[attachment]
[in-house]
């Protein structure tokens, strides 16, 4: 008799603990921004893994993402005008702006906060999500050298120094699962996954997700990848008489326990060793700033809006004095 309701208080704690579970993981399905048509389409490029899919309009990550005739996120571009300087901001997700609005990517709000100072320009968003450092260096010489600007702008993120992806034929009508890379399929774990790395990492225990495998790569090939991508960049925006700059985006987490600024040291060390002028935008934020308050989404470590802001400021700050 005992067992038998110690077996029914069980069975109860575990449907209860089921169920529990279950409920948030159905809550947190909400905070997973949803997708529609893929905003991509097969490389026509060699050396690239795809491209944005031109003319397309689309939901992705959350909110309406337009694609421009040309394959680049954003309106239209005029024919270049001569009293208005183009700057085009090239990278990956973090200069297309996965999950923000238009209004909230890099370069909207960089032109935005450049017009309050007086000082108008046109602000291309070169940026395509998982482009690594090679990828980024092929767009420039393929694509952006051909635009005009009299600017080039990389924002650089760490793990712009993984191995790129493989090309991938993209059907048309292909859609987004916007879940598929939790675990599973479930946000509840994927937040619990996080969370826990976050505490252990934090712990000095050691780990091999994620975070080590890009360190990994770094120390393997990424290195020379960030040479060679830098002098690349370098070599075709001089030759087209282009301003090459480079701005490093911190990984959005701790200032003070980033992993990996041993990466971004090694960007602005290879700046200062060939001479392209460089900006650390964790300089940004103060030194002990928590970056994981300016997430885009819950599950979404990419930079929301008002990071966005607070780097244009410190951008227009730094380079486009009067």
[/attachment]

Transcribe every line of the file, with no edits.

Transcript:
[in-house]
């Protein structure tokens, strides 16, 4: 008799603990921004893994993402005008702006906060999500050298120094699962996954997700990848008489326990060793700033809006004095 309701208080704690579970993981399905048509389409490029899919309009990550005739996120571009300087901001997700609005990517709000100072320009968003450092260096010489600007702008993120992806034929009508890379399929774990790395990492225990495998790569090939991508960049925006700059985006987490600024040291060390002028935008934020308050989404470590802001400021700050 005992067992038998110690077996029914069980069975109860575990449907209860089921169920529990279950409920948030159905809550947190909400905070997973949803997708529609893929905003991509097969490389026509060699050396690239795809491209944005031109003319397309689309939901992705959350909110309406337009694609421009040309394959680049954003309106239209005029024919270049001569009293208005183009700057085009090239990278990956973090200069297309996965999950923000238009209004909230890099370069909207960089032109935005450049017009309050007086000082108008046109602000291309070169940026395509998982482009690594090679990828980024092929767009420039393929694509952006051909635009005009009299600017080039990389924002650089760490793990712009993984191995790129493989090309991938993209059907048309292909859609987004916007879940598929939790675990599973479930946000509840994927937040619990996080969370826990976050505490252990934090712990000095050691780990091999994620975070080590890009360190990994770094120390393997990424290195020379960030040479060679830098002098690349370098070599075709001089030759087209282009301003090459480079701005490093911190990984959005701790200032003070980033992993990996041993990466971004090694960007602005290879700046200062060939001479392209460089900006650390964790300089940004103060030194002990928590970056994981300016997430885009819950599950979404990419930079929301008002990071966005607070780097244009410190951008227009730094380079486009009067």